In the process, Lauper learned that “musicals are tough,” Mitchell says. “They’re just tough,” despite the fact “you have to make it look effortless.”

You also have to make it your own — and both Booth and Parker say they’re grateful for the opportunity to discover and explore their characters in rehearsal.

“I’ve been a part of situations where you are just being put in a mold,” Booth says. But while the musical’s creators may “know what works and they’ve done it,” they’re still “letting us play and find our own way.”

“It’s exciting to put my own spin on it,” Parker adds. “It’s easy, in musical theater, to get big and showy and bubble-gummy, but to play a real person, with real feelings, helps you shift your artistry.”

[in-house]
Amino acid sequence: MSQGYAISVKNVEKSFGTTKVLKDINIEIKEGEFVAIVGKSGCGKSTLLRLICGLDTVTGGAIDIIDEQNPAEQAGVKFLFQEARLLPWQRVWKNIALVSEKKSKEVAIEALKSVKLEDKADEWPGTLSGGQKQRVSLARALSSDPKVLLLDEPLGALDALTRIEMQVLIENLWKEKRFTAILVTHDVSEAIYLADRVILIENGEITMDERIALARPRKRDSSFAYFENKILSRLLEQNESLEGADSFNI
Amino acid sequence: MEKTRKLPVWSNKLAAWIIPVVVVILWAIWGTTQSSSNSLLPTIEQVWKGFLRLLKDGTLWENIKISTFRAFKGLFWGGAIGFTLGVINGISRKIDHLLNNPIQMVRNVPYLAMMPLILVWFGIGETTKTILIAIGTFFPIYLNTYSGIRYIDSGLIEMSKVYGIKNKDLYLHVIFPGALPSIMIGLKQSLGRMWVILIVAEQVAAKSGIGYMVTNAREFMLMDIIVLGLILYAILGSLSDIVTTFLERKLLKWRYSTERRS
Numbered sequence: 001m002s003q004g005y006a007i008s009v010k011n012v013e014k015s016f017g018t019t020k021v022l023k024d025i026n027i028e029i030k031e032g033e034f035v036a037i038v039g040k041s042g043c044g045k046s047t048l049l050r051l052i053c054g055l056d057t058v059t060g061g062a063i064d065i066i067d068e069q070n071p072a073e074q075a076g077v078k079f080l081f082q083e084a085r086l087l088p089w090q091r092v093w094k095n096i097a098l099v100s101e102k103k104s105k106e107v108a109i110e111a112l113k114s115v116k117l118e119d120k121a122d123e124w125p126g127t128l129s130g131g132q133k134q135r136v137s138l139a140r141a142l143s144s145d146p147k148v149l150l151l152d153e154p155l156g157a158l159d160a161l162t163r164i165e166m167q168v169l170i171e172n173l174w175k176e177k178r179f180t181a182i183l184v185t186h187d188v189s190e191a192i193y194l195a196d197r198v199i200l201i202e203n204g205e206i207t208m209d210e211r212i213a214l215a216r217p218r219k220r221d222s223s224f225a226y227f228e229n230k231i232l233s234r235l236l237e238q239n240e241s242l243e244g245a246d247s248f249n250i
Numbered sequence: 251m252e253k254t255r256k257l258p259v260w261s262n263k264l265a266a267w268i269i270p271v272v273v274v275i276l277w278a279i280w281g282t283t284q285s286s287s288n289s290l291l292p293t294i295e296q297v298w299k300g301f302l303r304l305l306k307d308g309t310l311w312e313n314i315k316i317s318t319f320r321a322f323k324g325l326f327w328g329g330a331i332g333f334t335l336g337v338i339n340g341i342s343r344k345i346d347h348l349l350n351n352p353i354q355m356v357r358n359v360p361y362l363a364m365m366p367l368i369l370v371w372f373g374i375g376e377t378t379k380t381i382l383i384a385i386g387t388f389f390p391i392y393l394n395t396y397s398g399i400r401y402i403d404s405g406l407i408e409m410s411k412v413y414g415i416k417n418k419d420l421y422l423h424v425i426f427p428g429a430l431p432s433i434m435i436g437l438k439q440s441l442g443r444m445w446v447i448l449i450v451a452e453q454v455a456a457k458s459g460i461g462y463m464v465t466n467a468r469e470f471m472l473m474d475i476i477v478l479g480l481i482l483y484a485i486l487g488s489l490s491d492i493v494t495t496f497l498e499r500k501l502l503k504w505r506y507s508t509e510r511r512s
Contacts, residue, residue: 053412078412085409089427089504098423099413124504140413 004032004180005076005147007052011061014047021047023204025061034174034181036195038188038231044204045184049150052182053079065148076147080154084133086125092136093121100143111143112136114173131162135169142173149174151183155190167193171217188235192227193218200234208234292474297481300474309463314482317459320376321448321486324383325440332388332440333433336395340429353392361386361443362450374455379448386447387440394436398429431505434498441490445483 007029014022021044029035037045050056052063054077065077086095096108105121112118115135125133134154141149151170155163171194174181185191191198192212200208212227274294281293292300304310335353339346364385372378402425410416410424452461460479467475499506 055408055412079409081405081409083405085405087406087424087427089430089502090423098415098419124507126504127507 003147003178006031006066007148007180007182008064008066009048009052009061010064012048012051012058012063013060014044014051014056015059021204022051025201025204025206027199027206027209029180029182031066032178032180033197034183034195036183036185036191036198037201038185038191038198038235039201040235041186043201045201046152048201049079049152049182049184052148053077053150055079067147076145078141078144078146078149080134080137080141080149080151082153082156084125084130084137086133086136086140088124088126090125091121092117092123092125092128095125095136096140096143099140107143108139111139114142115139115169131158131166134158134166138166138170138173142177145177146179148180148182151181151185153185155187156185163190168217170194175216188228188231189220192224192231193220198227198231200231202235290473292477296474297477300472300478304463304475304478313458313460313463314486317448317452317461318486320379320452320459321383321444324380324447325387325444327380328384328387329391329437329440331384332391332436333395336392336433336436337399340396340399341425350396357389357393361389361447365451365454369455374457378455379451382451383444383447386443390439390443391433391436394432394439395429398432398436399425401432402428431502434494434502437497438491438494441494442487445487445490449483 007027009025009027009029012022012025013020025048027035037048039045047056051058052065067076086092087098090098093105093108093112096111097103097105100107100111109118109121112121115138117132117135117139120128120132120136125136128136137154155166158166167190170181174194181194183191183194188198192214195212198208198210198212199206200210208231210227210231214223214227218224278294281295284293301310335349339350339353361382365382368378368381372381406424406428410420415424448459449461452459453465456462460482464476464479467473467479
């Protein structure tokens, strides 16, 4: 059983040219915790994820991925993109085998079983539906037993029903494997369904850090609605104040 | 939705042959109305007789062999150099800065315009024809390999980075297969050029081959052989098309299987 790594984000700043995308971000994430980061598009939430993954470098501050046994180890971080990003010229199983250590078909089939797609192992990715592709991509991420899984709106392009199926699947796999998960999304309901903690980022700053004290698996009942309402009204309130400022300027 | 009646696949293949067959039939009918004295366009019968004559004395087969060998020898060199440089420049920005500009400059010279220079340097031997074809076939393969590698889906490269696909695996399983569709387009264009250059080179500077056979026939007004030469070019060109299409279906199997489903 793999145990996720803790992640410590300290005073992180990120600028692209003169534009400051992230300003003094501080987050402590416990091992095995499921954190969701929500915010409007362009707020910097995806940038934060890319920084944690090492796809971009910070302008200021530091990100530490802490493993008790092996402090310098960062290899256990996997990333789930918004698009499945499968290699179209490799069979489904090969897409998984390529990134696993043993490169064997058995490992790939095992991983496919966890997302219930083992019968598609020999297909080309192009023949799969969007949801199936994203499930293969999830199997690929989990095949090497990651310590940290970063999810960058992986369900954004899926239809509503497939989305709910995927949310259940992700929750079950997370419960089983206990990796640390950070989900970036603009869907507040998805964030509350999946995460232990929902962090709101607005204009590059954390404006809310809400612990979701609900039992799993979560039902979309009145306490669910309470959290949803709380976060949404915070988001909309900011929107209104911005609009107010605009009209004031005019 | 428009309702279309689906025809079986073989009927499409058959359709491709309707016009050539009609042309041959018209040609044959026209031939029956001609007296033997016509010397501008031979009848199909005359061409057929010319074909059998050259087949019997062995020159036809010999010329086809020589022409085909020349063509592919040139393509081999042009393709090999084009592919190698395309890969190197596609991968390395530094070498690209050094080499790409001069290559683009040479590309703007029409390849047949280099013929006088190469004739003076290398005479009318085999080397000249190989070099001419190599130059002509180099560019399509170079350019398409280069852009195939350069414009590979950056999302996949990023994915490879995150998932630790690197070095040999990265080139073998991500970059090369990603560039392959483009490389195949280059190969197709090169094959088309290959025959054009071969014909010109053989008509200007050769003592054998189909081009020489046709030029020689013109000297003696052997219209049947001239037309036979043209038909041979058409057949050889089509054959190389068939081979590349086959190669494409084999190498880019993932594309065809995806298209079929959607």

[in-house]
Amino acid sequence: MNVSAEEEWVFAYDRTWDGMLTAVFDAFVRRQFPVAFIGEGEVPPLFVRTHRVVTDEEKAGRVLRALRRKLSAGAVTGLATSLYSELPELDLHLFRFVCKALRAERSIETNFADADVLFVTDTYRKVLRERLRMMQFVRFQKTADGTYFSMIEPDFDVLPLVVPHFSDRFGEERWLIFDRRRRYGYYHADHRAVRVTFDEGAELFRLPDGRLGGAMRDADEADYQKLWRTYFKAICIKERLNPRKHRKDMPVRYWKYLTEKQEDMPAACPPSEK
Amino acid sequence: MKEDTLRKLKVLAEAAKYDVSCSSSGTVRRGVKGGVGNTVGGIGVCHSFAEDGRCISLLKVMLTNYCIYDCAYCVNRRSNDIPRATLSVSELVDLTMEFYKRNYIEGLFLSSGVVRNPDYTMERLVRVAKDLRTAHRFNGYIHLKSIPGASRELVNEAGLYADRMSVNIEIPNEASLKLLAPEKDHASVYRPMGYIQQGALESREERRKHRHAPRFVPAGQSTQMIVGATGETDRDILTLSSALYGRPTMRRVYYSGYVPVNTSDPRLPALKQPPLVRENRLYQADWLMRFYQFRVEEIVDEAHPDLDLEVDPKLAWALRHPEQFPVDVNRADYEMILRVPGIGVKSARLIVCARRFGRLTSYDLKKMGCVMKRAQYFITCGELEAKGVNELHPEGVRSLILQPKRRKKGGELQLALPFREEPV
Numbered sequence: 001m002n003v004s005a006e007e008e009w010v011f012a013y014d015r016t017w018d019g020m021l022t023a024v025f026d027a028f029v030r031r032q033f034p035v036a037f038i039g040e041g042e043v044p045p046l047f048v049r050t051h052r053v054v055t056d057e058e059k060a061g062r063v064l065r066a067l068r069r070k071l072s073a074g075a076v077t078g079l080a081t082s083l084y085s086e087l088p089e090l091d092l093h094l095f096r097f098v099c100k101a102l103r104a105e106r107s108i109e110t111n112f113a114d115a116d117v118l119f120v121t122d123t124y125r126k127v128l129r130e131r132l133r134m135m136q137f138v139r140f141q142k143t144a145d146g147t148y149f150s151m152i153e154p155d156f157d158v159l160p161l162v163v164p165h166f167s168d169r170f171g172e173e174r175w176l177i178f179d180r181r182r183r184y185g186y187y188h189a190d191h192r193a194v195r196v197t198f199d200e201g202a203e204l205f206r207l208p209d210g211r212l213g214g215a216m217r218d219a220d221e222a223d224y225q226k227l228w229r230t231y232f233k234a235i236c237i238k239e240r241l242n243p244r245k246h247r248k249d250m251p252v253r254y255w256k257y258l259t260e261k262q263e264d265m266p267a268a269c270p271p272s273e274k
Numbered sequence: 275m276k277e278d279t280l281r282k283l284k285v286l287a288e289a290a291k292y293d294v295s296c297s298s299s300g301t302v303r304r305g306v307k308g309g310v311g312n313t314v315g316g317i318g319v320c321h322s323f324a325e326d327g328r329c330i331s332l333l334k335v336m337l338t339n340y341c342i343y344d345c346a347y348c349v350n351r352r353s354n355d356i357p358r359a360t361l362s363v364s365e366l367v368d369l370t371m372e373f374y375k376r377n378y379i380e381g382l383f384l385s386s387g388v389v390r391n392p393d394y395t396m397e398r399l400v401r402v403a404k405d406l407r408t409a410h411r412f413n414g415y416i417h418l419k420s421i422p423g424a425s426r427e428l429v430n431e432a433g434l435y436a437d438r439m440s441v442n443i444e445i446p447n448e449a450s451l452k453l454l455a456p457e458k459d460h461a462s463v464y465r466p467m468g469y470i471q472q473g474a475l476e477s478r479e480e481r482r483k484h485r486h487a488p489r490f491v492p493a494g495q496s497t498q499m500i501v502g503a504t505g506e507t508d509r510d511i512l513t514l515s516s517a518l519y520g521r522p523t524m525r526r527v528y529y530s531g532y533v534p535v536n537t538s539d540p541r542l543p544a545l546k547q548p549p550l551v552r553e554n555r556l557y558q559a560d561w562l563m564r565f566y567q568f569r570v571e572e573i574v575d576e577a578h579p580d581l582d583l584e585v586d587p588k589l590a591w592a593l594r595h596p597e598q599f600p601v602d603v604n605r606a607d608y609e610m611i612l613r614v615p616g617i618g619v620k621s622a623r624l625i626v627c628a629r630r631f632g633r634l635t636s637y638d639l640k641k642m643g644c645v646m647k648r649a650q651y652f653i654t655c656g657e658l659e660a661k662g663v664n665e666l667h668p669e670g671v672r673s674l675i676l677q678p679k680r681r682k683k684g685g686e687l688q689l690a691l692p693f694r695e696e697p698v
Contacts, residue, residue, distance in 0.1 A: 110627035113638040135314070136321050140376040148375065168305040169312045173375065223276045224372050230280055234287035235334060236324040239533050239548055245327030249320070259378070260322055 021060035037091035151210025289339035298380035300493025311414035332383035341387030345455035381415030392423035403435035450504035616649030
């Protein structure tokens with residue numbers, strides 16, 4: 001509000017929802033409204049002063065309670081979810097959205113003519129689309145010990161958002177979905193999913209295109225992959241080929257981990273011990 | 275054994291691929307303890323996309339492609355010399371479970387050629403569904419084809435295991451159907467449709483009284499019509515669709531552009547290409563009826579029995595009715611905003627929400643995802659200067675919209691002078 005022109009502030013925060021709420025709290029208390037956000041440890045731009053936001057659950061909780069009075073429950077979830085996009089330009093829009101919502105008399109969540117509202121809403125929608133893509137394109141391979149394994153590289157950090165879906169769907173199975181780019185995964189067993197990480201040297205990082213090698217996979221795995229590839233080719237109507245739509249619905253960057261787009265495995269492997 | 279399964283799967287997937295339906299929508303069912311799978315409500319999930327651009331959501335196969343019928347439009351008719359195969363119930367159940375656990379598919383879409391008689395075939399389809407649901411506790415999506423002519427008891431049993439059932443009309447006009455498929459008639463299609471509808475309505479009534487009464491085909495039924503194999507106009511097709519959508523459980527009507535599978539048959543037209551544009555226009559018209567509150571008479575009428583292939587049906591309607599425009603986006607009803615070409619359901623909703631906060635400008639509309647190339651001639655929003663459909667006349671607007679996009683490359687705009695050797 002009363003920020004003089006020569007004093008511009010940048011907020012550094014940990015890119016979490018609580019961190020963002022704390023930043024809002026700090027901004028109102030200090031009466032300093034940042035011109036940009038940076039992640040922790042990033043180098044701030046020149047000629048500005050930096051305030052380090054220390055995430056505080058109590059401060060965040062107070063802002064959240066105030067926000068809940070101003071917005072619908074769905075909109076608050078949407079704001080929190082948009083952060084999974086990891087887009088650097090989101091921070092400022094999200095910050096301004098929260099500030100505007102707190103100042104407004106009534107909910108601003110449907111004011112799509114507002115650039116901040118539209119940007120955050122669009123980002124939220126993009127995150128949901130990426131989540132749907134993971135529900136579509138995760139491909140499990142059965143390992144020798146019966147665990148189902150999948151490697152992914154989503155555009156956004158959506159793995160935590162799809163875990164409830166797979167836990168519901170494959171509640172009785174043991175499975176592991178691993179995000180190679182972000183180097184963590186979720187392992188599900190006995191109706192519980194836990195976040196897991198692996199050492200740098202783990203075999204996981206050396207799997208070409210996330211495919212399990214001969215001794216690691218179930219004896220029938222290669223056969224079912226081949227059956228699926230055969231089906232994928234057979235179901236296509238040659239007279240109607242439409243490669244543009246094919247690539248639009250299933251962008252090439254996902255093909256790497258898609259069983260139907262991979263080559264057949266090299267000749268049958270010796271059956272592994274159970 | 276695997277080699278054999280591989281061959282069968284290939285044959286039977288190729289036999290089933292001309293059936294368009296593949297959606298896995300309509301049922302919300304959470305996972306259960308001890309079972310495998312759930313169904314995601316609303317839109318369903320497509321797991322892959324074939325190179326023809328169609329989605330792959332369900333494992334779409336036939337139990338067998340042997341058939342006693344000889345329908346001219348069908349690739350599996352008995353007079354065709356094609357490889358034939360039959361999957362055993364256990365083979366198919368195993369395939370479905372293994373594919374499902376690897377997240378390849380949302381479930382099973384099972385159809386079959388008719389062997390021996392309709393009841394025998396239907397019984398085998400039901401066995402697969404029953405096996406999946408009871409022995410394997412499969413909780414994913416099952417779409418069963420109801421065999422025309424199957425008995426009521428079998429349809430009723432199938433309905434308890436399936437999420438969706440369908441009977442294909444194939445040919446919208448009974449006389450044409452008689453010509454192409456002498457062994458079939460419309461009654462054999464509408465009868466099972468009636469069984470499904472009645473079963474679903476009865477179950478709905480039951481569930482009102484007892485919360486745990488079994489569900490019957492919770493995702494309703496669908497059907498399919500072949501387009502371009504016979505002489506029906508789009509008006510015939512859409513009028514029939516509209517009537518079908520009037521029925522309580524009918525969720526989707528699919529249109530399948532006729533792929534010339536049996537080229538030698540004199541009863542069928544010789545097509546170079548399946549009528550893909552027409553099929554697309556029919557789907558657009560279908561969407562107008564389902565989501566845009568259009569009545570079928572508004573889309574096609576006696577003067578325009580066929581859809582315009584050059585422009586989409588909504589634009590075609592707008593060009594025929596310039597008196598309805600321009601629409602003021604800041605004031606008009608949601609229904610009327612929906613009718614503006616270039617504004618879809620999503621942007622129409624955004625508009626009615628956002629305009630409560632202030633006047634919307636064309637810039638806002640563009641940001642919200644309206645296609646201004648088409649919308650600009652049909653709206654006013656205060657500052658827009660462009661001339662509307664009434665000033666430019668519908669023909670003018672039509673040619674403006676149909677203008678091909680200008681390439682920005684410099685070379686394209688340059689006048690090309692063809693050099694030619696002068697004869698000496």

It also helps shape the show’s impact, in Mitchell’s view.

Following a character “who wants something,” where “you see the struggles and you see the triumphs,” gives any musical an automatic rooting interest, “if you can get the audience locked into that.”

In many musicals, it’s a romantic “boy-meets-girl, boy-loses-girl, boy-gets-girl” formula.

In “Kinky Boots,” however, it’s a more expansive experience, involving Charlie and Lola — and, by extension, everyone else.

To quote one of Lauper’s lyrics, “Change the world when you change your mind.”

Mitchell puts it another way.

“When I see a musical, I want to walk out singing the songs and feeling happier than when I walked in,” he says. “And I think ‘Kinky Boots’ does that.”

Contact reporter Carol Cling at ccling@reviewjournal.com or 702-383-0272.